A lot or a little?
The parents' guide to what's in this movie.
What parents need to know
Parents need to know that Neighbors 2: Sorority Rising is, like the first Neighbors, a hard-R comedy featuring tons of crass jokes, strong language, and almost non-stop underage substance use (mostly marijuana and beer) -- this time with even younger central characters (the sorority is started by first-year students). Once again starring Zac Efron, Seth Rogen, and Rose Byrne, this sorority-themed sequel nominally offers a girl-empowerment theme ... for the young women's right to party hard (albeit without sexually aggressive fraternity guys to bother them). Expect nonstop swearing ("f--k," "s--t," and much more), drinking, drug use, and sex talk, with a few played-for-humor scenes of marital (and mid-pregnancy) sex thrown in, as well as one provocative strip dance by Efron's in which he goes full monty (but the camera shot is from behind, so only fake testicles are visible). It's not exactly Norma Rae or A League of Their Own, but the movie does bring up compelling issues about the double standards in Greek life, how girls deserve to have fun without feeling unsafe or harassed, and why the idea of "girls behaving badly" upsets people more than "boys will be boys."
- Parents say
- Kids say
What's the story?
NEIGHBORS 2: SORORITY RISING opens a couple of years after the original, with Mac (Seth Rogen) and Kelly (Rose Byrne) Radner finding out they're expecting baby number two and putting their house on the market. All they have to do is wait out the 30-day escrow for the new owners to close. Unfortunately, the eight-bedroom house next door is about to be rented by a group of first-year students who start their own sorority, Kappa Nu, so they can throw their own parties without feeling like a fraternity bro is just waiting to sexually assault them. Led by Shelby (Chloe Grace Moretz), Beth (Kiersey Clemons), and Nora (Beanie Feldstein, Jonah Hill's lookalike younger sister), the Kappa Nus cause a lot of chaos for the Radners, especially since their mentor is none other than Teddy (Zac Efron), who has returned to guide the sorority in the ways of profitable partying. But when the sisters get rid of "Old Person" Teddy, he switches sides and decides to help his former adversaries stop the girls from ruining the sale of their house.
Is it any good?
Despite its socially aware jokes, this incredibly crass sequel isn't quite as memorable as the original, but the cast is undeniably having a grand time with their tried and true weed and sex humor. Efron once again shines as the hot-but-clueless-at-adulting Teddy, who realizes early on that the only thing he's really good at is planning a party. Thank goodness the screenwriters chose to make him "old" enough for the sorority girls to appreciate for his attractiveness without wanting to get with him, because that would've been all sorts of wrong in a comedy that purports to be about female empowerment. Moretz, Clemons, and Feldstein are all likable enough misfits who eschew the established sororities for their own brand of fun -- a haven for 18-year-old young women to dress as they are (hoodies and pajama pants!) and party without any leering guys trying to have sex with them.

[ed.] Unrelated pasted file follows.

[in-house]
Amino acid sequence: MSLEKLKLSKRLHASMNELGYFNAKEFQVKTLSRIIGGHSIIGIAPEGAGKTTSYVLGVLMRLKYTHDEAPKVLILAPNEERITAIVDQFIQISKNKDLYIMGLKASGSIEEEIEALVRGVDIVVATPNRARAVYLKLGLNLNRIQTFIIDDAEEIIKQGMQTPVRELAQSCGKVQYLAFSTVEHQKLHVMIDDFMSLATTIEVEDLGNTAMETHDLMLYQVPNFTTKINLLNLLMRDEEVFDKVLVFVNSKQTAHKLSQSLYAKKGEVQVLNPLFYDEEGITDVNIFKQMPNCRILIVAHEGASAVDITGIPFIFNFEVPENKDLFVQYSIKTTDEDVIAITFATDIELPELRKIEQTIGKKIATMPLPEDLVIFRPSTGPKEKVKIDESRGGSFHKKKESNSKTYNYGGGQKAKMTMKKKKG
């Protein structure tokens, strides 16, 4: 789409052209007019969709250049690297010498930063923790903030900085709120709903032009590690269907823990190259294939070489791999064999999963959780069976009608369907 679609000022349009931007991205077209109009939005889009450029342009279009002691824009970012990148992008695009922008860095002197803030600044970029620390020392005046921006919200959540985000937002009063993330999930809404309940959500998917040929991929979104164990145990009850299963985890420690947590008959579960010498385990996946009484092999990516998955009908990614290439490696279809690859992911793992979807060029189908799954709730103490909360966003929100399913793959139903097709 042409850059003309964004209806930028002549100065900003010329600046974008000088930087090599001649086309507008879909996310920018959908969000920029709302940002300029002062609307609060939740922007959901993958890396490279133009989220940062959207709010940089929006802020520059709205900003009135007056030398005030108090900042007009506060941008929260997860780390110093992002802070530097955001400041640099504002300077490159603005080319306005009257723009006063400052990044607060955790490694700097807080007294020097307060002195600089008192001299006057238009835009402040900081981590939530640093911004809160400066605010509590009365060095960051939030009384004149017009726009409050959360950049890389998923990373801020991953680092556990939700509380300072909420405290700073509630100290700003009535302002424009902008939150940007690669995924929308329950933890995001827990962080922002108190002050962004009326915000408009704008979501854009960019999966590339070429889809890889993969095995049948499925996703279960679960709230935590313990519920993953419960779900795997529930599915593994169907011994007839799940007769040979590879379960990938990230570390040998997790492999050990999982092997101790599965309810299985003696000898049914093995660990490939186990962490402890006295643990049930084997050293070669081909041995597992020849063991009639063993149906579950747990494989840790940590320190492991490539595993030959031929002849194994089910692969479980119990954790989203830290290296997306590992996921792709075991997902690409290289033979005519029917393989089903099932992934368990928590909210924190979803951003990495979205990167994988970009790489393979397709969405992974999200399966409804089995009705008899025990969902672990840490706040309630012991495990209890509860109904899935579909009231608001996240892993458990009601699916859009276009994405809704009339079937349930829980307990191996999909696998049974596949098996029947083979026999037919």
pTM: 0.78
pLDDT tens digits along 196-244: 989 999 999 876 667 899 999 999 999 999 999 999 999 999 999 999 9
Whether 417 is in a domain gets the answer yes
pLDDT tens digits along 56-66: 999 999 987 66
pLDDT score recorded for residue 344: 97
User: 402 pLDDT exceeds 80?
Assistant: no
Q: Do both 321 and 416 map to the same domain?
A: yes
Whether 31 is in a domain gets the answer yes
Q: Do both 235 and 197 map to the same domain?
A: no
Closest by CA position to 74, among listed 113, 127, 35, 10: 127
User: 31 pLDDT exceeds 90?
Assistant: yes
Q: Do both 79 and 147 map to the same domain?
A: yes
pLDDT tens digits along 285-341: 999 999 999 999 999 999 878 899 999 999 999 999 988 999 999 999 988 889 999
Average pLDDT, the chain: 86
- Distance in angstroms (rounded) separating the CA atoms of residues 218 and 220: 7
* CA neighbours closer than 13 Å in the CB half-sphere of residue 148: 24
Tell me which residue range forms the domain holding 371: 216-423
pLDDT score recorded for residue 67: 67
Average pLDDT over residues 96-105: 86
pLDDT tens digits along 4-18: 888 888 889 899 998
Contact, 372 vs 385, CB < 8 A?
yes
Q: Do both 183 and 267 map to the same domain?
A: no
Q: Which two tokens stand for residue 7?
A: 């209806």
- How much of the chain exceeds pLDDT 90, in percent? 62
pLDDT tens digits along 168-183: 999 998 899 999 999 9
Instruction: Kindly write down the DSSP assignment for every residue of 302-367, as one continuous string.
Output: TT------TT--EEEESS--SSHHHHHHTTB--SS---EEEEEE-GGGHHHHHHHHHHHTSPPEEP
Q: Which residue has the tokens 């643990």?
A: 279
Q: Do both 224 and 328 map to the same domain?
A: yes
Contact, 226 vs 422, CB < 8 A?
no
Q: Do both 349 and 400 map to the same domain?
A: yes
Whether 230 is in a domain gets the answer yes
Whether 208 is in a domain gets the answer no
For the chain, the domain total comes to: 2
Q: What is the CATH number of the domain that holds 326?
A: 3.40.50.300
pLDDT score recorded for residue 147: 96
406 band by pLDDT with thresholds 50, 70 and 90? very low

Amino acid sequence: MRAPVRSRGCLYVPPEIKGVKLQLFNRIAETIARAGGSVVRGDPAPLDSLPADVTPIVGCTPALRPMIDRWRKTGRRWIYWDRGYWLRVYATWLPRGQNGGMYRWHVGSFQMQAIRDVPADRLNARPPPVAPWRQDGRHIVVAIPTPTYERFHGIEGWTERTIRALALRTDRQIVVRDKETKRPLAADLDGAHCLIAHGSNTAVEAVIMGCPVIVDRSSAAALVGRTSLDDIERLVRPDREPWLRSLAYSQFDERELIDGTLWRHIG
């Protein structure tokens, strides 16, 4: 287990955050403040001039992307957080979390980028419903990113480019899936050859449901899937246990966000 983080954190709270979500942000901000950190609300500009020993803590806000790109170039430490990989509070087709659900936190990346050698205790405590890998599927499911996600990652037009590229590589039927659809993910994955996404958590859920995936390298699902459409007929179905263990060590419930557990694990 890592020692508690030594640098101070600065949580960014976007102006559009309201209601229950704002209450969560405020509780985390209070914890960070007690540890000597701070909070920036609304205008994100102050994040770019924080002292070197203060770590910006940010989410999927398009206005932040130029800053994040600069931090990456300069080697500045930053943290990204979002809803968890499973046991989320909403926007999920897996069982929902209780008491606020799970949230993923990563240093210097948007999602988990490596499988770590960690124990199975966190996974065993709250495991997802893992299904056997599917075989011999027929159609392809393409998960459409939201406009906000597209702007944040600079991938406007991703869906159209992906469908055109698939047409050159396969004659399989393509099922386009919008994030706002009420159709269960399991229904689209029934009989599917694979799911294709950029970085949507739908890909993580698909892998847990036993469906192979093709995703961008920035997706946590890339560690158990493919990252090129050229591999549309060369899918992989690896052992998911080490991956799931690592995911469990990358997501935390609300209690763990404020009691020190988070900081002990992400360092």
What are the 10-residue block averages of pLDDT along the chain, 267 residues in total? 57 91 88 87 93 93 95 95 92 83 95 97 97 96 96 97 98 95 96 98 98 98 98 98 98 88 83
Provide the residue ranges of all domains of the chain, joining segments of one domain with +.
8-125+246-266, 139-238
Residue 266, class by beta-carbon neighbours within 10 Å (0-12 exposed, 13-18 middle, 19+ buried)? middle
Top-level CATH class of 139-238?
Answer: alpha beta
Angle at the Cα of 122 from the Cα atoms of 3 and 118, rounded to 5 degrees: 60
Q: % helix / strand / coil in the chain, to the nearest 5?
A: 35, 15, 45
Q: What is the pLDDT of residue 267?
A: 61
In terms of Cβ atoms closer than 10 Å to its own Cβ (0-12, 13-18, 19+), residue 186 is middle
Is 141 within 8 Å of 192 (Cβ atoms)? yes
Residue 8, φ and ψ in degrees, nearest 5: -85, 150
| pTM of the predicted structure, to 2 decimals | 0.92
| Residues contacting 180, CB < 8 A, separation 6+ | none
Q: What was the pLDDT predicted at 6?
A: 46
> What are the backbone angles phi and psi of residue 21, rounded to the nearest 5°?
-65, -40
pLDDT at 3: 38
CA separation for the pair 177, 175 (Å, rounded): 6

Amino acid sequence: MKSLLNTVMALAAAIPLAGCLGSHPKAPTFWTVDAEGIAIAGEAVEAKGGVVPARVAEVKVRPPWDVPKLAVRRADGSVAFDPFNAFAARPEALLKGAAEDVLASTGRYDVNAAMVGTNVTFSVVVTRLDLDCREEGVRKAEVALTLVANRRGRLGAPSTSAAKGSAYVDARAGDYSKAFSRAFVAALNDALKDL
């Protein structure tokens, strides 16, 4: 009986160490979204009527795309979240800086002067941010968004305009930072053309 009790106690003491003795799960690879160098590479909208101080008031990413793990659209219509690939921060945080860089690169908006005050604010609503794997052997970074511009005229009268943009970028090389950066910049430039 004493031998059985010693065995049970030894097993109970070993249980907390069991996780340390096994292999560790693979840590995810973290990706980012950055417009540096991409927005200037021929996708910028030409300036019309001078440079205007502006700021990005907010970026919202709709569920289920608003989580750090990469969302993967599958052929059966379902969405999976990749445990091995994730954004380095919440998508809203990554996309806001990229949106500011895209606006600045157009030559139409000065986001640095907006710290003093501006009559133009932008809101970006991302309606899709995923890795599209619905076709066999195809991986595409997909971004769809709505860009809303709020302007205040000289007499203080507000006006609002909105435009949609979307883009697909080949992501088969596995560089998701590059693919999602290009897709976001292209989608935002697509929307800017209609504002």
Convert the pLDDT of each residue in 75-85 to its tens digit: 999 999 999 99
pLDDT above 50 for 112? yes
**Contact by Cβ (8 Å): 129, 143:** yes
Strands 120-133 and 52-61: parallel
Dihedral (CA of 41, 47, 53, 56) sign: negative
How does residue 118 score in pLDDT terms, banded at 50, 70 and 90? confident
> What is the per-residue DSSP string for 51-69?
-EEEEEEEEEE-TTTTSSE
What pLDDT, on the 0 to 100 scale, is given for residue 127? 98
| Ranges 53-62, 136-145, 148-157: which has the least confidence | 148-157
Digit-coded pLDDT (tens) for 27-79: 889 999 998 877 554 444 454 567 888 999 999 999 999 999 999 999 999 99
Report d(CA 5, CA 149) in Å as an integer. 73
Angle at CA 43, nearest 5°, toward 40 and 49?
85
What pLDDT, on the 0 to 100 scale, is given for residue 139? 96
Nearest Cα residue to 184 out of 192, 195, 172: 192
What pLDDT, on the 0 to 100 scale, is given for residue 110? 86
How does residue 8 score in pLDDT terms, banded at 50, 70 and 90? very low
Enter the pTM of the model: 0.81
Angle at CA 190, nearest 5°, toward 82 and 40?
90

In essence, this is all a somewhat positive message -- at least, the part about being anti-sexual violence. But NEIGHBORS 2 ultimately seems to be more about a "right to party" than a right to not be harassed by young, drunk men. And while parents may be horrified at the sorority girls' illegal underage antics, they'll probably laugh at the Radners as they attempt to parent their strong-willed toddler who prefers to play with her mother's sex toy (which she dresses up like a princess) rather than listen to her mom and dad. The Radners good-humored parenting fails are relatable (except maybe the sex-toy thing) and silly, as is their inability to understand the complexities of the term "escrow." But it's Teddy's need for a sense of home, friendship, and value that gives this movie a heart under all the crude jokes. Teddy knows he's beautiful, but as his best friends get engaged or pursue their careers, he's every bit as lost and overwhelmed as the sorority sisters. Teddy's newly reconciled friendship with the Radners is surprisingly sweet, and it's clear how much odd-couple chemistry Efron and Rogen share, like their pals Hill and Channing Tatum in 21 Jump Street.
Talk to your kids about ...
Are the movie's female empowerment themes positive? The Kappa Nus want to have parties for themselves, not to be popular with fraternity guys, but their feminist stance is all about partying. What message does this send girls who see the movie?
Many of the sequel's characters are younger (first-year students) than those of the previous movie. Is the risky behavior shown in the movie more dangerous because the girls are clearly underage? How about the fact that they're girls rather than boys? Is a gender-based double-standard fair?
What are the movie's messages about generational divides and how the difference between "young" and "old" can be just a few years? Is it believable when/how the girls use social media (Snapchat, YouTube, texting) to communicate? How can adults keep up with the media teens are using?
- In theaters: May 20, 2016
- On DVD or streaming: September 20, 2016
- Cast: Zac Efron, Rose Byrne, Seth Rogen, Chloe Grace Moretz
- Director: Nicholas Stoller
- Studio: Universal Pictures
- Genre: Comedy
- Run time: 92 minutes
- MPAA rating: R
- MPAA explanation: crude sexual content including brief graphic nudity, language throughout, drug use and teen partying
- Last updated: November 11, 2020
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